You’ve heard me say this before, but it’s so much better to be 38 than it is to be 40.
That’s exactly how Debbie (Leslie Mann) feels in Judd Apatow’s new film, This Is 40.
On her 40th birthday, she has her husband, Pete (Paul Rudd), put 38 on her birthday cake, and she puts the wrong birthdate down when she goes to the doctor.
When Pete takes Viagra so he can please her on her birthday without pressure, she freaks out: “We are young people! We don’t need medication to have sex.”
Nope, turning 40 is not easy.
It’s not easy for Pete, either, but he’s less concerned with his age than with the financial stress of having a wife, two kids, a big house, and a failing business — not to mention a father (Albert Brooks) who needs a little cash.
Rather than deal with it all, Pete lives a life of denial and avoidance, either by escaping to the bathroom to play games on his iPad or eating “banned” foods (like cupcakes and M&Ms) outside at the trashcan before he throws them out. Mostly, he lives a life that indicates he believes everything will work itself out in time.
This is what passes for a plot in This Is 40. As opposed to the high-concept fare that tends to be Apatow’s stock in trade (40-year-old virgin finally gets laid, schlub gets beautiful girl pregnant, angry comedian gets cancer), here the film is merely a slice of life about a married couple coming to terms with their age.
The whole thing has a very familiar and lived-in feel. Part of that is because This Is 40 might be considered an Apatow home movie, were it not for the fact that Rudd is the star. (Mann, after all, is Apatow’s offscreen wife, and their daughters play the onscreen daughters as well, just like they did when the Pete and Debbie characters appeared in Knocked Up.)
But mostly, the film works so well because it is familiar. What viewer of a certain age hasn’t done some of the same things Pete and Debbie do? Who can’t identify with the realization that you may be turning into your parents, and the urge to do everything you can to stop it? And which younger viewers won’t sympathize with the two girls, one of whom is obsessed with Lost (“J.J. Abrams is ruining our daughter’s life,” Debbie exclaims at one point) and considers the loss of an electronics device to be the ultimate punishment? For them, the movie may as well be called This Is 13.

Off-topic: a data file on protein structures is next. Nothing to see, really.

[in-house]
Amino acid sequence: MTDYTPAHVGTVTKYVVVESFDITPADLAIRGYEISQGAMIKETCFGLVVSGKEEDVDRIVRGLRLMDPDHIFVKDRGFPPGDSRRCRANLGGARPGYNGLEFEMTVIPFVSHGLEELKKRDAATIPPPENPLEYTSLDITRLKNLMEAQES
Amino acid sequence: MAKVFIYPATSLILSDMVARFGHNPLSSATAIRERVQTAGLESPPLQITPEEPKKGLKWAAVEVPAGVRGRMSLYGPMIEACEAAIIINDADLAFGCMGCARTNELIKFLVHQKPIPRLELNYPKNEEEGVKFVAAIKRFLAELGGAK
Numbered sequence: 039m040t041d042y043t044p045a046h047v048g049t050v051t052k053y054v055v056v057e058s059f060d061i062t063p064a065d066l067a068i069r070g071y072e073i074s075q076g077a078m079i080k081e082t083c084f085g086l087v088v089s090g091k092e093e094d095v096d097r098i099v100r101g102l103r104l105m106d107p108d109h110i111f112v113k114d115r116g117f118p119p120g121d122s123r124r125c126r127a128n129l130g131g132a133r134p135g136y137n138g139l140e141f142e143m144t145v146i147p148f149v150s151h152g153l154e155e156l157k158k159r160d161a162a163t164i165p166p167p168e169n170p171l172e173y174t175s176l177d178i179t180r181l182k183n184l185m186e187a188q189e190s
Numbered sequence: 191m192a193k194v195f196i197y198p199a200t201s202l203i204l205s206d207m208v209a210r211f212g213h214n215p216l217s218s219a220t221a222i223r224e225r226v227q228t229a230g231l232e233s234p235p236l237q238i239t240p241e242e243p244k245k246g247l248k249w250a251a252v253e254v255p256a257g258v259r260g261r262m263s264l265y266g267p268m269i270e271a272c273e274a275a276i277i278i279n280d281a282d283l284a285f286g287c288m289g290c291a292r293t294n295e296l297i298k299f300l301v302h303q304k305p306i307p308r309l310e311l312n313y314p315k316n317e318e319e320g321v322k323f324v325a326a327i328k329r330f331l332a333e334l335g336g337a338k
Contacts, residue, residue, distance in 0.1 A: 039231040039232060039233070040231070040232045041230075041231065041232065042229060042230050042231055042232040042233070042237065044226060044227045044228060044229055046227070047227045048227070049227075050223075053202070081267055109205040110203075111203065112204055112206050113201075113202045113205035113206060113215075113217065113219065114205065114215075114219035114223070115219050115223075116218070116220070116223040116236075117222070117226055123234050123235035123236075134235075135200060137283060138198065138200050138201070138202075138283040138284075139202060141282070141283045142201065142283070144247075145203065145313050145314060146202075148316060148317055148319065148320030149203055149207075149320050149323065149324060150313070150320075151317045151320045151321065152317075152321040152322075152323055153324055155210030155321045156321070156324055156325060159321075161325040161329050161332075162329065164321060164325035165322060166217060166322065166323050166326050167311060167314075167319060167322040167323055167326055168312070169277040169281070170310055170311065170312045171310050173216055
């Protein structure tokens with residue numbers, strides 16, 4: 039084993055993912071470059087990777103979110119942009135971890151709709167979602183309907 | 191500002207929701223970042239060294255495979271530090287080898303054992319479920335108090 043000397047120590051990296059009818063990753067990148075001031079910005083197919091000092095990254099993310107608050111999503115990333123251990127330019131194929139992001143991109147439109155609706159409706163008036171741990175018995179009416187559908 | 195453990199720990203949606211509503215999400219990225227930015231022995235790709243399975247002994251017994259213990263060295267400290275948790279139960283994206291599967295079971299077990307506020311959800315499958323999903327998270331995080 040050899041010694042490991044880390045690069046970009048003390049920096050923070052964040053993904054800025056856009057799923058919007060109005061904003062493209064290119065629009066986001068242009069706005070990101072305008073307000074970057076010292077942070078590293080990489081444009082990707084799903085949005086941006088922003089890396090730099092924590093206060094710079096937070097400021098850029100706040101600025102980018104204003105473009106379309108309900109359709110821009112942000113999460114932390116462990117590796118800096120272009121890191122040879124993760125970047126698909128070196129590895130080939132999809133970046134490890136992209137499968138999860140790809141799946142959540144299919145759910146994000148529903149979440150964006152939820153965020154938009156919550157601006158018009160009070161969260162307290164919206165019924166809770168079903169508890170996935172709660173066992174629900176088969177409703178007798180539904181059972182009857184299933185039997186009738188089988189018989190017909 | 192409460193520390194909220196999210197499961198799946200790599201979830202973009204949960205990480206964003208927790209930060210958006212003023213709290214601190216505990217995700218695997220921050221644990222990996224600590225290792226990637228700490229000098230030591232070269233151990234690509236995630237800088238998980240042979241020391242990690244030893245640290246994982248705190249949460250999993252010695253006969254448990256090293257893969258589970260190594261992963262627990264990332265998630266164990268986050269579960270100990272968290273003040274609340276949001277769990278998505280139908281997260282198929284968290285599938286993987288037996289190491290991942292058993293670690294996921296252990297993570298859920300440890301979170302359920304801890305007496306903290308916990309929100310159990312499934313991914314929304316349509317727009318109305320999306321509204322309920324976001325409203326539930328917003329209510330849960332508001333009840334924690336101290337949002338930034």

Of course, this being an Apatow movie, some other things are familiar: a running time that’s 10–15 minutes too long, raunchy jokes, familiar faces (Jason Segel, Lena Dunham, Chris Dowd, Melissa McCarthy, etc.), a man-child who needs to grow up and act like an adult, and a soundtrack that often serves as shorthand to underline the film’s introspective themes. (That said, for a “Midlife-Crisis Mix Tape,” it’s a damned good soundtrack, with contributions from Ryan Adams, Paul Simon, Fiona Apple, Loudon Wainwright, and of course, Graham Parker, who appears in the movie.)
But This Is 40 is bookended by some great laughs: The first half hour is very, very funny, as is the alternate take of a scene that plays over the end credits. In the middle is a warm center filled with sharp but accurate observational comedy and characters in legit (if slightly superficial) crisis.
This Is 40 shows that while we may try to fight it, there’s a lot to laugh about when it comes to middle age. As Pete and Debbie learn, it’s not easy to admit, but 40 really is not that bad.
I’m giving This Is 40 a B+.
How was it for you when you turned 40 (or 13)? Share your thoughts about that, or the movie, in the comments section below.